Started at It had been a week- Part 1
Contd from We have our man- Part 2

“He is our man for sure. But now I have a strange feeling we have more than a man in this,” I replied grimly.

                 *                                                             *                                                       *
“Over there,” the man replied looking slightly nervous.

An overnight journey and we had reached Ooty early morning only to go straight to the hotel Nischal was staying. The man had pointed to a room across the hotel lobby where he claimed we would find our “man”

“Are you sure there is more than one man?” Suhelika asked me softly while steadily walking towards the intended room.

“I have an uncanny hunch the number perhaps could be much more,” I replied in a whisper.

The door swung open and in came a batch of people all looking to be in their twenties. Behind them was our man. He looked disturbed and honestly if it wasn’t for the fact that he was our prime suspect I felt bad for him. This is what made realise the case was not about murders it was about a man I was sure. But that man was not so easy to find. Nischal though involved would be somewhere on the rim of the plan. A pawn in all aspects. If in that moment someone asked me why I felt that, I would only say on hunch.

“Nischal,” Suhelika’s voice jerked him out of slumber it seemed.

For a few moments it seemed like he would attempt to run, there was that slight hesitation in his physical sense. But something changed, he looked like he resigned to his fate or something.

“We will need you to come with us,” I spoke keeping the eyes intact on him.

                   *                                                             *                                                            *
“Something has gone wrong, something has made him go mute. He will not speak. I can assure you that the trauma is not skin deep but more than what meets the eye,” we heard the doctor explain to us meticulously that Nischal’s silence was not resilience but something more than what we imagined it to be.

Speaking this he left us alone and walked back inside. Suhelika looked like something had finished for her, I knew what she was going through. Nischal was our only breakthrough.

“Suhelika if I told you that Nischal’s condition is not natural but man made would you believe me?” I asked in  a strange monotone.

She didn’t reply only expressed her confusion in eyes.

“Somehow everything looks like a puppet show. I can almost feel the strings. I feel some on myself too. I am reacting in a very predictable manner. We need to go backstage, we need the puppeteer not the puppet. I don’t know if I am making sense anymore,” I ranted off and suddenly got up and left the room.

                *                                                            *                                                               *
I hadn’t gone home in weeks. My wife who was expecting our second child had left for her own house. And so somewhere I thought I held no responsibility to mark presence at the place one may like to call home.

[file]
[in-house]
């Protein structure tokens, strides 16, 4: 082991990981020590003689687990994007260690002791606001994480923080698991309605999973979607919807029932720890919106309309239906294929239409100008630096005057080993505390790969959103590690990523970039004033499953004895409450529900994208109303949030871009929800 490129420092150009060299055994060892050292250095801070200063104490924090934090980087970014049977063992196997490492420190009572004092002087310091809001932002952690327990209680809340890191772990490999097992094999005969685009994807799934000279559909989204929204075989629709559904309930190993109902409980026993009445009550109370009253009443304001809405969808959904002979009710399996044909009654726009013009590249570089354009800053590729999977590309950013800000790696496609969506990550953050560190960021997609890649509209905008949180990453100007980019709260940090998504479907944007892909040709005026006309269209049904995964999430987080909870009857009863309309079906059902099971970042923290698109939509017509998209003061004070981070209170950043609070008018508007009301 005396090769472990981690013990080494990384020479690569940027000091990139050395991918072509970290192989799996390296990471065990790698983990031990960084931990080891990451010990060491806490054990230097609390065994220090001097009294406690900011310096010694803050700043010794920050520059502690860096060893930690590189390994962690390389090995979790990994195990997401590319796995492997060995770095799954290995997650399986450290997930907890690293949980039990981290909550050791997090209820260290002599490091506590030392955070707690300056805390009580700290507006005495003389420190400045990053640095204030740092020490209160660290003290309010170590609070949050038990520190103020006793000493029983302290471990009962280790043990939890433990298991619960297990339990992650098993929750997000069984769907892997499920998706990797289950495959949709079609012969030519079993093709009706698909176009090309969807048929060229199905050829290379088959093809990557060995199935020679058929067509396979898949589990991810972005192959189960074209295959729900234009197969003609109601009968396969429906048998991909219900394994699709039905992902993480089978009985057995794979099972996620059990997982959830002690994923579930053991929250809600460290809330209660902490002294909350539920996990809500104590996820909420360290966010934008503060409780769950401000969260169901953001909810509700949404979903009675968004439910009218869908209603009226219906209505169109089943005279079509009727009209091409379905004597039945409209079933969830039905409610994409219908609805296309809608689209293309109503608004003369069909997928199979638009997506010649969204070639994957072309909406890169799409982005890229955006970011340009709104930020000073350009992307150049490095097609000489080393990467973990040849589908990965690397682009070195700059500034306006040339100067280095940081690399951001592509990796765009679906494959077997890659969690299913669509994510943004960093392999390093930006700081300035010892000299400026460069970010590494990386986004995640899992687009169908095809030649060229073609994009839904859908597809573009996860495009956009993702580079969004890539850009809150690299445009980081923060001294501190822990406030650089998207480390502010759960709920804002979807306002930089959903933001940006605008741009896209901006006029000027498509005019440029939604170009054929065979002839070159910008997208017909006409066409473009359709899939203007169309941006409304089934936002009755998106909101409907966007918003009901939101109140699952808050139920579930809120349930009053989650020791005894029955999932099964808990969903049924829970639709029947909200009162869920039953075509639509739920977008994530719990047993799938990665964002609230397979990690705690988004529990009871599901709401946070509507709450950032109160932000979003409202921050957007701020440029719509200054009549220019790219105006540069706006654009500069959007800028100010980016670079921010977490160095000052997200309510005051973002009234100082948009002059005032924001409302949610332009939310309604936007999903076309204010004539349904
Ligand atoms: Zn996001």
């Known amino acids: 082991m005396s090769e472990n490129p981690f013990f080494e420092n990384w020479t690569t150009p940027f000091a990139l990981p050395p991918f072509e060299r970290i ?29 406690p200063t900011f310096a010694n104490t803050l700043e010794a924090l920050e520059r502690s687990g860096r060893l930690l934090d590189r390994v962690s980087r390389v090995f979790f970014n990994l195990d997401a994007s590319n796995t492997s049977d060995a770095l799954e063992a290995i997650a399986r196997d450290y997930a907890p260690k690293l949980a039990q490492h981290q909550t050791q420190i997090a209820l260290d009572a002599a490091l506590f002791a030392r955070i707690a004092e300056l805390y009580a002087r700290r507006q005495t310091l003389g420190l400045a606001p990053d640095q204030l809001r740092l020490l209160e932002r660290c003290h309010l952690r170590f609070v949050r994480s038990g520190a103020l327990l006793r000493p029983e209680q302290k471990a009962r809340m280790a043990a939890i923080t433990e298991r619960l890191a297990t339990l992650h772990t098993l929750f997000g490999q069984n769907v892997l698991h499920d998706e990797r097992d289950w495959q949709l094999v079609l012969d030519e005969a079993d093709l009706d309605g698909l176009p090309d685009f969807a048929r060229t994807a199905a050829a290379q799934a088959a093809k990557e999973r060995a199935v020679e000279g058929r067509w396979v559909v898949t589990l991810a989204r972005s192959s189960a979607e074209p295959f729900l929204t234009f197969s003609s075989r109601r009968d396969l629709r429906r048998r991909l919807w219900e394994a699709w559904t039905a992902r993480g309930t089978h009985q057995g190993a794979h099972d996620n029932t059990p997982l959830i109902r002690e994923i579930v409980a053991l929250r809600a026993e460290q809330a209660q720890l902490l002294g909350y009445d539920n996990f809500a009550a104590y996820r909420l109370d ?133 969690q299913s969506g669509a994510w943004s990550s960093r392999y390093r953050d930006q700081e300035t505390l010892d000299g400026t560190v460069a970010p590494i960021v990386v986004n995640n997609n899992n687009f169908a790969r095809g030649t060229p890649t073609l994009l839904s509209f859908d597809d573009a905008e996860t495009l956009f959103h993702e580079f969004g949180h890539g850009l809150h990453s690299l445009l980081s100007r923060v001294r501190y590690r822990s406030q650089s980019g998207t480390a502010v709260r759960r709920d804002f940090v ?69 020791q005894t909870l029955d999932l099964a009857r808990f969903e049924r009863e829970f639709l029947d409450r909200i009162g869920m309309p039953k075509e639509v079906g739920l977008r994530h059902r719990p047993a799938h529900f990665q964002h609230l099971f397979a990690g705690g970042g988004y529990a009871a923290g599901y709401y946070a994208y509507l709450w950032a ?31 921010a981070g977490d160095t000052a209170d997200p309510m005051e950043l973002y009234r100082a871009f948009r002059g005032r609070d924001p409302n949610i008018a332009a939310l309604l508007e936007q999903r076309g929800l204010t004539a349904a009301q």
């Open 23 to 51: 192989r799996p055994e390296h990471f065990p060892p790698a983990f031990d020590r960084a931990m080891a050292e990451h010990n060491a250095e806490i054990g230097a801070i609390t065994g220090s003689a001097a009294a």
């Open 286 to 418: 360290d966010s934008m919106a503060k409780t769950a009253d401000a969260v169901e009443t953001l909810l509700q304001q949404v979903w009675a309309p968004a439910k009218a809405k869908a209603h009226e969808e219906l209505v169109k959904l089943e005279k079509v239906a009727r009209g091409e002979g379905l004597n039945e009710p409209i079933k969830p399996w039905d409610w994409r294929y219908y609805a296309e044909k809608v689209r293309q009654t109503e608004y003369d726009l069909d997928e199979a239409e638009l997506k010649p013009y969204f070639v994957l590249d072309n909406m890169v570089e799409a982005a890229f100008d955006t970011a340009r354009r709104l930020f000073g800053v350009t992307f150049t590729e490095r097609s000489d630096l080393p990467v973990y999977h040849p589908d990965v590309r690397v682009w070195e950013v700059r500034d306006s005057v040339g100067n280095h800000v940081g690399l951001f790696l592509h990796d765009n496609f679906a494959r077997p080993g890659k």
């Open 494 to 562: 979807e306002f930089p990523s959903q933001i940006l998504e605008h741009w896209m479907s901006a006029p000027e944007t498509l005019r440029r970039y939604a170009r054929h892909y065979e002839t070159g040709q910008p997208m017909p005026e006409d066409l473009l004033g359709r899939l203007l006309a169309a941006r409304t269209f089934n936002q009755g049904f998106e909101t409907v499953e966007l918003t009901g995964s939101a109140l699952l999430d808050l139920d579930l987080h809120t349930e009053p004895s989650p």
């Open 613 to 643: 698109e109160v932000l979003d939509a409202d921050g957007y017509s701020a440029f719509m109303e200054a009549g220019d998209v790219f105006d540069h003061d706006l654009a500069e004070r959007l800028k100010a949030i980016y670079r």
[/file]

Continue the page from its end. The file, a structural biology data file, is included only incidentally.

“Sahab, woh sketch artist,” it was Ram bahadur’s voice which suddenly broke my slumber. Yes I had somewhere dropped off to sleep and yet it felt like it was only a few minutes back I saw Nischal being admitted in the hospital.

“Aur baaki teen ho gaye?” I asked, waking myself up to consciousness.

He nodded.

“Bring him in,” I spoke. The strings, its the strings I need to cut, perhaps that can make the puppeteer desperate.

He was dragging his feet and that broke the otherwise serene peace of my office. His face looked like a cyborg, a haggered one. The one who has not been charged in a long long time.

“The sketches? Are they complete?” I asked impatiently.

He became a bit nervous, probably this was his first assignment in the department. I know the other artists well they would have probably kept the sketches and left by now. He stuck around probably expecting an appreciation or something.

“This is it? Only four?” I asked again. This time with slight politeness.

“Yes,” he replied meekly.

I began to go through the sketches. All very well made. The features of each face was clear as crystal on the paper.

“This is strange,” I murmured.

“I know. At first even I couldn’t believe it,” the artist replied suddenly.

I looked up, he hadn’t left. Why had he stuck around?

“What is strange?” I asked.

“All of them. All of them seem to be of the same person,” he stuttered.

                               *                                                      *                                                *
We have been played by him like a fool. He was always there right after every murder. In all the four cases he disguised himself as the prime witness. He gave us red herrings, he deterred us from the real path. And we bought it. It was when the woman (or he disguised as one) told Ram Bahadur that the murderer was seen running from the front gate that I felt weird. We had seen footsteps from the back door. I had a hunch this was not right.

But now how to track him? And then Nischal how does he fit in?

I knew where the answers lied but then I was afraid it would create issues. I had made the guesses and I also knew who he was. But to say it with confidence, I needed more proof. One final outing and the nails on the coffin would soon arrive.

To be contd.The strings had to be cut-Part 4

%d bloggers like this: